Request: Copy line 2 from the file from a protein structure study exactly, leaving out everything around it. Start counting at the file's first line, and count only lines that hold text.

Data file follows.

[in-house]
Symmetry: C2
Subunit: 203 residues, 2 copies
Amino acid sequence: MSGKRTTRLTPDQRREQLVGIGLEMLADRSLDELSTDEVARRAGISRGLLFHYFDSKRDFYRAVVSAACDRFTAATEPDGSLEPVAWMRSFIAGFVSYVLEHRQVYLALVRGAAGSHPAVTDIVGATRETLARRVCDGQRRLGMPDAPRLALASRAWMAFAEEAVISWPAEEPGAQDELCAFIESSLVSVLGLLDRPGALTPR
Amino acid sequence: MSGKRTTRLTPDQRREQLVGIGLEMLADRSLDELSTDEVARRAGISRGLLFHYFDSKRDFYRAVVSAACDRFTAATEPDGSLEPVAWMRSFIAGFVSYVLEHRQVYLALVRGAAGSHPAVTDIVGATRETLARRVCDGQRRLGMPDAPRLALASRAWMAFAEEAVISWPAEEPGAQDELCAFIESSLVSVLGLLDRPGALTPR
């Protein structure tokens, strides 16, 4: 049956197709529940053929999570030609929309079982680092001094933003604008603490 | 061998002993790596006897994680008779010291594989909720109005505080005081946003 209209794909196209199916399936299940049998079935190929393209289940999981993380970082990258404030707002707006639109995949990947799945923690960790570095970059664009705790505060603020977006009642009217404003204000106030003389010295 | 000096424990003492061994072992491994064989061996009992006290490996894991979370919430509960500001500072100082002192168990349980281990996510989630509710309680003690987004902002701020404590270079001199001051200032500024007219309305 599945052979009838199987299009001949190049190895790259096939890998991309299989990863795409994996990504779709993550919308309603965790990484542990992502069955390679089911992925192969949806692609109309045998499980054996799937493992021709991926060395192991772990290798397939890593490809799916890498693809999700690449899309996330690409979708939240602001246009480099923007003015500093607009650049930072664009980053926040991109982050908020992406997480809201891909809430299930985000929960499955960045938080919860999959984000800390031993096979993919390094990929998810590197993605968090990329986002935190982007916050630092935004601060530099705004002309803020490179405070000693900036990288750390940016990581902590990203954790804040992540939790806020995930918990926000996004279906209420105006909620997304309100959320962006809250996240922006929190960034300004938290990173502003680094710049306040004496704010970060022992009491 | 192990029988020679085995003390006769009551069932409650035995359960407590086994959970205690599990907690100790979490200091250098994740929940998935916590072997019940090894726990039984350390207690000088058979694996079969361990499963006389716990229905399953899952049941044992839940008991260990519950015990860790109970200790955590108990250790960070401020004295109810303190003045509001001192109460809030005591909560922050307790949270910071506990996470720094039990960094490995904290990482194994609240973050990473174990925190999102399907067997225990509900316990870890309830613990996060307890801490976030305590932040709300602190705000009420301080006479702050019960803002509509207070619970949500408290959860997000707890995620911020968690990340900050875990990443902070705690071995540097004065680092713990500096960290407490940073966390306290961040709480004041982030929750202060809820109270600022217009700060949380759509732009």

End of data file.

Symmetry: C2